Sony A7R V review

Can it fill the boots of the powerful A7R IV? We tested Sony's newest full-frame mirrorless camera to see whether the upgrades are worth it.

Image of the Sony A7R V being held
(Image: © Kimberley Lane)

Space Verdict

The Sony A7R V builds on the power of its predecessor with its higher resolution EVF and LCD screen, more stops of image stabilization and a new AI autofocus unit, but the massive 61MP sensor provides too much noise for astrophotography.


  • +

    Notable upgrades from the A7R IV

  • +

    New AI-powered autofocus system is on another level

  • +

    Excellent, versatile LCD screen


  • -

    High ISO images are noisy

  • -

    Although the processing speed has improved, the burst rate is capped at 10FPS

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Three years after the release of the Sony A7R IV, the long-anticipated Sony A7R V is finally here. At the time of its release back in 2019, the A7R IV was the biggest and baddest Sony camera out there, boasting the highest megapixel sensor of any mirrorless camera to date (a whopping 61MP). With big shoes to fill, the Sony A7R V (aka the Sony A7R 5) needs to not only match the impressive specs and performance of the A7R IV but improve on it.

We gave the A7R IV high praise in our hands-on review, and we even rated it best overall in our best cameras guide and gave it a respectable third place in both our best cameras for astrophotography and best cameras for low light photography guide. But how does the A7R V compare? What new features and specs does it have that the A7R IV doesn't? Is it worth upgrading if you already own the A7R IV? We put it to the test to answer all of those questions.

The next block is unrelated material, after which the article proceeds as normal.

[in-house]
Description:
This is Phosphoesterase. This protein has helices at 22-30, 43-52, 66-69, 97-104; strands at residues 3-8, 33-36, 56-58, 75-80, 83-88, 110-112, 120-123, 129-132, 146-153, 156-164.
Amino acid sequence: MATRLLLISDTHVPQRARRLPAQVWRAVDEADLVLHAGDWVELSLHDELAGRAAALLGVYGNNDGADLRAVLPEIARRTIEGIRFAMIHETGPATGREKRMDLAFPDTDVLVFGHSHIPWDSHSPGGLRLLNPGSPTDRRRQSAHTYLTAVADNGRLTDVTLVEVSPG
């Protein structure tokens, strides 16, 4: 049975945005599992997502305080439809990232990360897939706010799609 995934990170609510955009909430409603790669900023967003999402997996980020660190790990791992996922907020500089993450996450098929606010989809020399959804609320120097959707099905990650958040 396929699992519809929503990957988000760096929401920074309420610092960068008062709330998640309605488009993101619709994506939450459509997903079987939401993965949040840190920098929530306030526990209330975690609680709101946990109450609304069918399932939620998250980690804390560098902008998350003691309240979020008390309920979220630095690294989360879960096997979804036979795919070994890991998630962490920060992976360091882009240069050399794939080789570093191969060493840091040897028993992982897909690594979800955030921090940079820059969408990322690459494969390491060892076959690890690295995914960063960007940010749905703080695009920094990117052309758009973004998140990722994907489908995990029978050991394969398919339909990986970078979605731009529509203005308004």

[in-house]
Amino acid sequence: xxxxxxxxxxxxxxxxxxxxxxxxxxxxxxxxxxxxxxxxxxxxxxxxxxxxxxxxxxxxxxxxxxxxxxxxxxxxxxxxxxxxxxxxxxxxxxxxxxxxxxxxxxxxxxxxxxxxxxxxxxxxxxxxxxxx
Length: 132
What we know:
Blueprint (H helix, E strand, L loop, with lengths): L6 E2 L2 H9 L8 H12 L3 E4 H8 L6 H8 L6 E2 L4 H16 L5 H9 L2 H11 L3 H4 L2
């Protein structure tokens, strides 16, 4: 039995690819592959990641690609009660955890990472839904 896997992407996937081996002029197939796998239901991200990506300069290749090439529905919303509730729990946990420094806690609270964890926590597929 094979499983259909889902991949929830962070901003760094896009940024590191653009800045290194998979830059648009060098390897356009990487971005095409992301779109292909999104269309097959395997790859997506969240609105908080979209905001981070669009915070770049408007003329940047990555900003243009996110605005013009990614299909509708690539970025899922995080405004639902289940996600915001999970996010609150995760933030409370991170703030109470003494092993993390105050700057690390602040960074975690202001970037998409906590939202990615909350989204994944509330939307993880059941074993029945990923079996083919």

Sony A7R V: Design

The A7R V shares the same 61MP sensor as its predecessor, but comes with a whole host of upgrades in other areas. (Image credit: Kimberley Lane)
  • We love how versatile the LCD screen is
  • Overall a very similar layout and design to its predecessor
  • EVF and LCD screen are both 63% higher resolution than the A7R IV

Overall, the design of the A7R V is very similar to the A7R IV, and much like what you'd expect from Sony at this stage. It's ever so slightly bigger (we're talking fractions of an inch here), and it is 2 oz / 58 g heavier. The video record button is in a much easier-to-reach place on the A7R V, and it has a dedicated photo/video/Slow and Quick (S&Q) dial on the top of the camera body. We thought it felt comfortable in the hand and we could easily shoot for long periods with it without getting an achy neck or arms. 

However, by far our favorite design aspect of the A7R V is the 4-axis, multi-angle 3.2-inch LCD screen. Sony finally answered our prayers and did away with the tilt-only screen and instead gave us this fantastically versatile screen that can accommodate shooting at quite literally any angle you can come up with. Not only can it flip out to the side of the camera and spin around to record vlogs or take selfies, but it has another trick up its sleeve. It's attached to an extra plate that tilts down and out to provide even more shooting angles and keep the screen away from the ports if you want to add any microphones or monitors. We cannot tell you how much we loved this.

Hands down the best articulating screen we've ever used. (Image credit: Kimberley Lane)

System: Mirrorless

Sensor: Full-frame

ISO range: ISO 100 - 32,000 (expanded 50 - 102,400)